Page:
SACRAMENTO, Calif. — The trees have grown tall and the chartreuse-colored moss has filled in between the stepping stones of the Sokiku Nakatani Tea Room and Garden at California State University, Sacramento.
The landscaping lends to the serenity of the calm oasis amid the campus bustle of students rushing to their next class.
Hidden in the lower level of the library, the tea room and garden provide a place for meditation or a quiet spot for a few deep breaths of tranquility.
Created more than six years ago, the tea room and garden is one of only a few found on a U.S. college campus.
“The Sokiku Nakatani Tea Room and Garden are jewels on the Sacramento State campus,” said Tim Fong, professor in the Department of Ethnic Studies, CSUS. “It is without doubt the best tea room on any university campus, and is arguably the best demonstration tea room in the U.S.”
CSUS students are the chief beneficiaries of the cultural center, but the community also gains from the accessible site.
“Our main goal is to service the professors and students,” said Sally Hitchcock, coordinator for community outreach for the library. “My main goal is to introduce it to enough professors so they can integrate it into their programs.”
Asian studies, literature, philosophy, anthropology, history, education and design arts classes are some of those which have visited the tea room and garden, Hitchcock said. One instructor brought a ceramic class to the tea room, which houses items from the Sokiku Nakatani Collection. Tea bowls were inspected carefully as the students’ first project was to create a tea bowl, Hitchcock said.
But the generous gift from an anonymous donor is also shared with the community. Local high school and elementary classes have watched demonstrations in the tea room. And various groups and individuals make appointments to visit.
“We like retirement groups, church groups, AAUW (American Association of University Women), interested individuals,” Hitchcock said. It’s a place to “drop the dust of the world, get rid of your stress, to enjoy ordinary moments of life.”
During a recent demonstration of a traditional ceremony, kimono-clad students of the Urasenke Foundation of San Francisco performed the ritual on an eight-tatami raised platform. Guests saw the garden to the side as the ceremony unfolded.
Chado — the way of tea — is a Japanese practice of preparing, making and drinking matcha, a powdered form of green tea. The deliberate steps used to create the centuries-old experience are designed to help develop the ideals of harmony, respect, purity and tranquility. Students of tea learn to appreciate the beauty of humble, common actions.
During the hour and 15 minute long demonstration, one Urasenke student explained the kanji written on a scroll hung in the tokonoma, a raised alcove, and asked guests to meditate on its meaning. Another poured hot water into a century-old container. A quiet, serene and respectful atmosphere filled the room. Each step was explained so that a first-time viewer could understand what was taking place.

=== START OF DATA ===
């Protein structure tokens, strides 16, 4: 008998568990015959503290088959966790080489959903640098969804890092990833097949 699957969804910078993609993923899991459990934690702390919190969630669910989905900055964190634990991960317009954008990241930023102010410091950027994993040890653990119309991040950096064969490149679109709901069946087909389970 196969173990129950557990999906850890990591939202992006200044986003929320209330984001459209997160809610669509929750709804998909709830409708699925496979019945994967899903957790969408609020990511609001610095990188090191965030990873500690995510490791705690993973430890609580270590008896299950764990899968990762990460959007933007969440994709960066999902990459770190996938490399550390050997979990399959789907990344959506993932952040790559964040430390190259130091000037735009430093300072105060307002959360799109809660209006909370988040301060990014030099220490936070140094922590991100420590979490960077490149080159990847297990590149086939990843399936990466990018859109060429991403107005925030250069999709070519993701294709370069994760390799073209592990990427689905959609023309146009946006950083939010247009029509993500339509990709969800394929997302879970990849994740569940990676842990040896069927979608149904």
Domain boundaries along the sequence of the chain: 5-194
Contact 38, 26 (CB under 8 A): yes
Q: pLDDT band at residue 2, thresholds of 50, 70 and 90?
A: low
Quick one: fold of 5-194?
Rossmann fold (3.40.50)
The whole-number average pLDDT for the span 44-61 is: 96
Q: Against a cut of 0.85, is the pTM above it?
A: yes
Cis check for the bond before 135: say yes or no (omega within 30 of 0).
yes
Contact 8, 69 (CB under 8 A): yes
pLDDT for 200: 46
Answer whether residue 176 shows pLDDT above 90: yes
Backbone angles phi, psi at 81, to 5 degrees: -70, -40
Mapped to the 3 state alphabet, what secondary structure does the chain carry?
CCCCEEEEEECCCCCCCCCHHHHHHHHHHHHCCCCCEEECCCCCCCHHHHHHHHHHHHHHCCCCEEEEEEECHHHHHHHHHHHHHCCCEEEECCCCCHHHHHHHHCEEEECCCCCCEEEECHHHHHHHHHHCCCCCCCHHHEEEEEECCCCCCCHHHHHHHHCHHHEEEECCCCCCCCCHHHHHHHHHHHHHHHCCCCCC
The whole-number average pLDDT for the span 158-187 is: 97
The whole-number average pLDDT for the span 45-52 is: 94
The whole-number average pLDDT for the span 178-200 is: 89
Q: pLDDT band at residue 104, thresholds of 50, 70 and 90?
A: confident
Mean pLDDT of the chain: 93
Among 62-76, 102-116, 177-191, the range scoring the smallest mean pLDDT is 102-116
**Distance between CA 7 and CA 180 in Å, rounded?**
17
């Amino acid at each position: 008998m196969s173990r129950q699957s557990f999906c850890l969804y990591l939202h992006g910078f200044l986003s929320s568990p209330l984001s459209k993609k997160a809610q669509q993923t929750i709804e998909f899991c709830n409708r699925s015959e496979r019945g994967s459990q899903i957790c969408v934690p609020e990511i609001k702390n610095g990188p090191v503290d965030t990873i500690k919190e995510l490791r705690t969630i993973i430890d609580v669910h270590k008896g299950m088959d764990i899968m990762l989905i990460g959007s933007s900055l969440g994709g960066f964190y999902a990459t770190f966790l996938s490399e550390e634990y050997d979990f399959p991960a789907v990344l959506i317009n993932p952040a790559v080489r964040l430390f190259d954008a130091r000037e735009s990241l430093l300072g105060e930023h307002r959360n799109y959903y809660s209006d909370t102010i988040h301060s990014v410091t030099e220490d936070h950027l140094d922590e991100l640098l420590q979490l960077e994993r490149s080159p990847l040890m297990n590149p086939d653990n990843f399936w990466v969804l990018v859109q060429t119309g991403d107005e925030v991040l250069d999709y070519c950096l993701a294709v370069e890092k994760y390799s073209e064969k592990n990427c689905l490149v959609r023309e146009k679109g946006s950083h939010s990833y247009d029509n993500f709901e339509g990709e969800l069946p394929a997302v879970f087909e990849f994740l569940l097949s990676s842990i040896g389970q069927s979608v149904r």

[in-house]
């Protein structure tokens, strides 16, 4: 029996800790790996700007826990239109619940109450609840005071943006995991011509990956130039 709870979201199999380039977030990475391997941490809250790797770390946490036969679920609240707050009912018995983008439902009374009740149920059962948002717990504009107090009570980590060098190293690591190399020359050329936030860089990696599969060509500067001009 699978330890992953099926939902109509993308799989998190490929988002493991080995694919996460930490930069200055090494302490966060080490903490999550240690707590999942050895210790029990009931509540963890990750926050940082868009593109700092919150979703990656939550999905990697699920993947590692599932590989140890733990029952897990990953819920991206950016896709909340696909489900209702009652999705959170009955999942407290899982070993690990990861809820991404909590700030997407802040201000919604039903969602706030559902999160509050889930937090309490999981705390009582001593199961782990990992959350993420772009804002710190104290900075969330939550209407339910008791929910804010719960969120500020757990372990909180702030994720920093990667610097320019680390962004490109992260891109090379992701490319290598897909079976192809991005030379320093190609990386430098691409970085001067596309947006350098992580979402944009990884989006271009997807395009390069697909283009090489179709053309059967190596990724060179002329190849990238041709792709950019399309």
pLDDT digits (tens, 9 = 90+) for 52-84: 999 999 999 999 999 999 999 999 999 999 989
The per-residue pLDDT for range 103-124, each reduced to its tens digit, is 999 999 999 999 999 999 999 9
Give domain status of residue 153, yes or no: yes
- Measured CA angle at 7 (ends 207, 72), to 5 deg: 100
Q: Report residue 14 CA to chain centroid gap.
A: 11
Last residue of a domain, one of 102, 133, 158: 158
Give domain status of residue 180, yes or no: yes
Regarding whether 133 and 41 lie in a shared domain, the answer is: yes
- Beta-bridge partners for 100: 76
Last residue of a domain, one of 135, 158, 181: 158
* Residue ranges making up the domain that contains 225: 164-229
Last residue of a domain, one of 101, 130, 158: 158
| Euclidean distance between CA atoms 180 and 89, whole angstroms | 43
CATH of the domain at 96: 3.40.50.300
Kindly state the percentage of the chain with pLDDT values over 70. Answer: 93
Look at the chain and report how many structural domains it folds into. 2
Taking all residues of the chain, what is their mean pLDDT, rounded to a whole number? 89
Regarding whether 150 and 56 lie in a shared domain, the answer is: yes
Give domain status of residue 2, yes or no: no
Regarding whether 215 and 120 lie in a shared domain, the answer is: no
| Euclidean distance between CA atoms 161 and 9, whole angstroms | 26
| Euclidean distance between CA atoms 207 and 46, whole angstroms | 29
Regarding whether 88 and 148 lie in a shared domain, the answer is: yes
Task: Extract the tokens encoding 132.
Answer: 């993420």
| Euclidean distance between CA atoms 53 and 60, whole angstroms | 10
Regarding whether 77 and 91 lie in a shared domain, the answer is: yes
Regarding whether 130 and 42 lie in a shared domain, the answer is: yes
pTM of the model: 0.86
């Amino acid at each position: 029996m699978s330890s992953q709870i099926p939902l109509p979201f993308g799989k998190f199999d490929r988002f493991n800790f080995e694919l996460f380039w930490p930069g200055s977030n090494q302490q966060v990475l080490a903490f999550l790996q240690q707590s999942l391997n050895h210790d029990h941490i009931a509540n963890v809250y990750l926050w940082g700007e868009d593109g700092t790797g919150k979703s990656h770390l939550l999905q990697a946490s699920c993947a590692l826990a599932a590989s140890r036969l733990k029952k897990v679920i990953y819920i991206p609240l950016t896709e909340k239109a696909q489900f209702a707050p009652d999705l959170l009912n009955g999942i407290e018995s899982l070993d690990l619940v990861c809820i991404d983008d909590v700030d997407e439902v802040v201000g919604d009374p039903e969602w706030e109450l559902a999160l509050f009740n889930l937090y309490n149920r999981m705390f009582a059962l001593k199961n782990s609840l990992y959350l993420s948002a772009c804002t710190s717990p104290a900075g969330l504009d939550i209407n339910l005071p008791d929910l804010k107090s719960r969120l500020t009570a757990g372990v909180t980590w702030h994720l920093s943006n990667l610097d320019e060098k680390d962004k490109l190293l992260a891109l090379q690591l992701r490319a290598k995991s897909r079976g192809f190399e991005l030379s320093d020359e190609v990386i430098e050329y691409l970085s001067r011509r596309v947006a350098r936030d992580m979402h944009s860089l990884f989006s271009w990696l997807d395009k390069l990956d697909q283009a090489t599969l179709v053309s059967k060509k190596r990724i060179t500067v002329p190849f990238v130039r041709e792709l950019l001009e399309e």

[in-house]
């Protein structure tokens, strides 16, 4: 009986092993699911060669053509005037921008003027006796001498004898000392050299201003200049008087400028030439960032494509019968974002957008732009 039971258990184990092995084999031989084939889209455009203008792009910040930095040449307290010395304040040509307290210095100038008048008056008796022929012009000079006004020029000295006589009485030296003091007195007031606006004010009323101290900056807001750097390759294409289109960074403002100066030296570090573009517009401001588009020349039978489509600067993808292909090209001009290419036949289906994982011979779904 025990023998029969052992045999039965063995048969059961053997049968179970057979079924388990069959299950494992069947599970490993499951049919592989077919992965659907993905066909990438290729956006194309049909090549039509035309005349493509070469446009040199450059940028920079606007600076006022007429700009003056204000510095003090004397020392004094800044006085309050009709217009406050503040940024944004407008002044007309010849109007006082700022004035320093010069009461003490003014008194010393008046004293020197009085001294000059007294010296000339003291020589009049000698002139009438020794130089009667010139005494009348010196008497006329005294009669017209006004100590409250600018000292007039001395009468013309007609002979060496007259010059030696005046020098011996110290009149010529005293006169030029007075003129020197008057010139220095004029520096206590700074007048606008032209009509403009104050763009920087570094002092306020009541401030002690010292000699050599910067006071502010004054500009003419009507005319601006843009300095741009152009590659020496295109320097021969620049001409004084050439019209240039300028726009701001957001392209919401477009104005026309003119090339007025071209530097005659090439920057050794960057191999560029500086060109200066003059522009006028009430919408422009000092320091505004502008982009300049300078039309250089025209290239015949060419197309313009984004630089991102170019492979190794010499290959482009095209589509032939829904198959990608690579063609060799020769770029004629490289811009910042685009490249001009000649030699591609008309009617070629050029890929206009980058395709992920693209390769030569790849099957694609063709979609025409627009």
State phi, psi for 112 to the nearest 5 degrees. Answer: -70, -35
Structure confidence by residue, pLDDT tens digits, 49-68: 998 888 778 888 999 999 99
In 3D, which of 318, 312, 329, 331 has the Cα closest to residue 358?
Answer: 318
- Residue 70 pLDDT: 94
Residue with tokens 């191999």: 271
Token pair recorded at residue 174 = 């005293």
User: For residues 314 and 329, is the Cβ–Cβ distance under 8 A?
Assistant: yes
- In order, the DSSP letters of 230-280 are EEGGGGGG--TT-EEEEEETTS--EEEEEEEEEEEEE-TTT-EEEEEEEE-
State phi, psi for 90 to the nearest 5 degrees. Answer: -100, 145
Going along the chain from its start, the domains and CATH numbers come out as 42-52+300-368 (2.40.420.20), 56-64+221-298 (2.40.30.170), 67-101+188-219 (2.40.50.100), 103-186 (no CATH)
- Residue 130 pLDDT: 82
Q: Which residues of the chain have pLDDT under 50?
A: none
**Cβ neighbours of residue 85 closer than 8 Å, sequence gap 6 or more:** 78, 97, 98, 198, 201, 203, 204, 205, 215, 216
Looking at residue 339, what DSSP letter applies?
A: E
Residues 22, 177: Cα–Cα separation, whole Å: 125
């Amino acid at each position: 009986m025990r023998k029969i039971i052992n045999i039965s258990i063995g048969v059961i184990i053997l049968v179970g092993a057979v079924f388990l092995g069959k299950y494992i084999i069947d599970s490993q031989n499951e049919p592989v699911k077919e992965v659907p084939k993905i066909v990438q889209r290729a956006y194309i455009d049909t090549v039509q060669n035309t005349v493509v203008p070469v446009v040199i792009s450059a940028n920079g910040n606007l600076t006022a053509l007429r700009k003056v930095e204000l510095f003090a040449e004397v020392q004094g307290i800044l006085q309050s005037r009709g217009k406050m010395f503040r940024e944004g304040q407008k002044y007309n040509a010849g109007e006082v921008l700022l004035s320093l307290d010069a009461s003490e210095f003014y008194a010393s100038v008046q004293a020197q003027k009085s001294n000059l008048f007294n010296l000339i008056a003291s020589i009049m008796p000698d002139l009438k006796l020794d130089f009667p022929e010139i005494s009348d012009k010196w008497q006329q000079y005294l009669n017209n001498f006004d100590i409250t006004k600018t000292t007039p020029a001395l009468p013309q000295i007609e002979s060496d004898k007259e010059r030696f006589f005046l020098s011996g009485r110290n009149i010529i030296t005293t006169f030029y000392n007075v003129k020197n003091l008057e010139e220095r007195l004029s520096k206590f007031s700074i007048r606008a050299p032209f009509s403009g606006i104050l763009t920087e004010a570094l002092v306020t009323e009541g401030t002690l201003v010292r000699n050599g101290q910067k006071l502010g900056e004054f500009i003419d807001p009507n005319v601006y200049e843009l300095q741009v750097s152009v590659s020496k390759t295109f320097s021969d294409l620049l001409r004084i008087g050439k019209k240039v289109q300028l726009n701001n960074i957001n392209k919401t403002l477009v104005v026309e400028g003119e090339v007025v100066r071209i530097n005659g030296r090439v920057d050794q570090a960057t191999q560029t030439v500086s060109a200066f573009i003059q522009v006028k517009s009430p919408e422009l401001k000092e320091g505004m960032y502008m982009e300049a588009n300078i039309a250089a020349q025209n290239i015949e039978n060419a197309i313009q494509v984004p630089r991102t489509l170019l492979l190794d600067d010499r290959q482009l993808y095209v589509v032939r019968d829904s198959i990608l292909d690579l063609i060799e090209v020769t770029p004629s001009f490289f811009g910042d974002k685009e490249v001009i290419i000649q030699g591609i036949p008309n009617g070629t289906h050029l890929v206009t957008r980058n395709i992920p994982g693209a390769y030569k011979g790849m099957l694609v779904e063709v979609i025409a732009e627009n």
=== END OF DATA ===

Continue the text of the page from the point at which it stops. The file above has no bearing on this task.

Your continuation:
In a methodical process, the students cleansed the tea bowls, measured the green powder with a bamboo tea scoop and added hot water, then whisked the tea in each bowl before it was served. Each bowl was made individually.
Later, several volunteers were chosen to participate in the demonstration. After each of the volunteers finished his or her tea, other guests were invited to enjoy a bowl of tea and a sweet cracker.
“I like tea ceremony,” said Yumiko Osaki, a Sacramento resident and recent CSUS tea room visitor. “It can make the heart settle down. I think that the operation, the movement, and behavior performed in the tea ceremony are great.”
Osaki, who has studied the tea ceremony in her native Japan, said, “The CSUS tea ceremony was marvelous! The tea room was good. (The) structure of the yard was also wonderful and explanation was also intelligible. I was impressed.”
The CSUS Tea Room and Garden was funded by an anonymous donor and named to honor Sokiku Nakatani, a dedicated student of chado and long-time Sacramento and Los Angeles resident. She was born in Hiroshima and immigrated to California at age 17. After marrying Kinjiro, the couple farmed in the Elk Grove/Florin area before being incarcerated in the Tule Lake Segregation Center and Minidoka concentration camp during World War II.
It was after the war that Mrs. Nakatani (1903-1990) began her long-time formal practice of chado in Los Angeles. Although the study of chado is never completed, she earned numerous licenses from Uransenke Headquarters in Japan.
The tea room was designed by local architect Ed Kado and is located on the lower level of the University Library. Visitors are welcome to tour the site by reservation or can sign up for a demonstration. Seating is available for 40 guests.
Upcoming demonstrations by the Urasenke Foundation of San Francisco are scheduled for:
Wednesday, April 10 at 10:30 a.m., 1:30 p.m. and 4:30 p.m.
Thursday, April 11 at 8 a.m., 9 a.m., 10:30 a.m. and 1:30 p.m.
Tea ceremonies last approximately 1 hour and 15 minutes.
For reservations or questions, call Sally Hitchcock at (916) 278-5954.